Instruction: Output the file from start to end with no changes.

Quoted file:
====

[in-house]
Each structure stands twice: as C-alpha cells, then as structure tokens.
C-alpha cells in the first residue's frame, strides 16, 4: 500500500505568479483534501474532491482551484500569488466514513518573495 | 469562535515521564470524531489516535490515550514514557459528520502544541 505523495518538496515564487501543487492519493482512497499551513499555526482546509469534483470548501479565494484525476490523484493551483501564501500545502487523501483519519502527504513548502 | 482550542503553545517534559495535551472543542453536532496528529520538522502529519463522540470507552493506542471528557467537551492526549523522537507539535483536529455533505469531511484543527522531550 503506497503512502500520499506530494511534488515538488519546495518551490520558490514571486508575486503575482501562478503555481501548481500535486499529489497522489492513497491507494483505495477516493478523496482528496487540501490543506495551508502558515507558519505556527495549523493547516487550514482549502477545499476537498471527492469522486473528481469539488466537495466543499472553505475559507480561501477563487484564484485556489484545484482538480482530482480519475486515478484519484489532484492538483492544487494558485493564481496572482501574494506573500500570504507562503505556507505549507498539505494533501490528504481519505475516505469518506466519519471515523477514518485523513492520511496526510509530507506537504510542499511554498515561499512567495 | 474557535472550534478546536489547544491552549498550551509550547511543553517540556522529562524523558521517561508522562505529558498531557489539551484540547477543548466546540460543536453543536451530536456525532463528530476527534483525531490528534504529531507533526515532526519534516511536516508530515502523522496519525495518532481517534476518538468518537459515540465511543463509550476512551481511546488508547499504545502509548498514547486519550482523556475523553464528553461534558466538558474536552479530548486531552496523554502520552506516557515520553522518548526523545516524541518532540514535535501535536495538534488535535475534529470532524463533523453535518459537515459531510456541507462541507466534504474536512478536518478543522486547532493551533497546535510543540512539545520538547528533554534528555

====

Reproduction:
[in-house]
Each structure stands twice: as C-alpha cells, then as structure tokens.
C-alpha cells in the first residue's frame, strides 16, 4: 500500500505568479483534501474532491482551484500569488466514513518573495 | 469562535515521564470524531489516535490515550514514557459528520502544541 505523495518538496515564487501543487492519493482512497499551513499555526482546509469534483470548501479565494484525476490523484493551483501564501500545502487523501483519519502527504513548502 | 482550542503553545517534559495535551472543542453536532496528529520538522502529519463522540470507552493506542471528557467537551492526549523522537507539535483536529455533505469531511484543527522531550 503506497503512502500520499506530494511534488515538488519546495518551490520558490514571486508575486503575482501562478503555481501548481500535486499529489497522489492513497491507494483505495477516493478523496482528496487540501490543506495551508502558515507558519505556527495549523493547516487550514482549502477545499476537498471527492469522486473528481469539488466537495466543499472553505475559507480561501477563487484564484485556489484545484482538480482530482480519475486515478484519484489532484492538483492544487494558485493564481496572482501574494506573500500570504507562503505556507505549507498539505494533501490528504481519505475516505469518506466519519471515523477514518485523513492520511496526510509530507506537504510542499511554498515561499512567495 | 474557535472550534478546536489547544491552549498550551509550547511543553517540556522529562524523558521517561508522562505529558498531557489539551484540547477543548466546540460543536453543536451530536456525532463528530476527534483525531490528534504529531507533526515532526519534516511536516508530515502523522496519525495518532481517534476518538468518537459515540465511543463509550476512551481511546488508547499504545502509548498514547486519550482523556475523553464528553461534558466538558474536552479530548486531552496523554502520552506516557515520553522518548526523545516524541518532540514535535501535536495538534488535535475534529470532524463533523453535518459537515459531510456541507462541507466534504474536512478536518478543522486547532493551533497546535510543540512539545520538547528533554534528555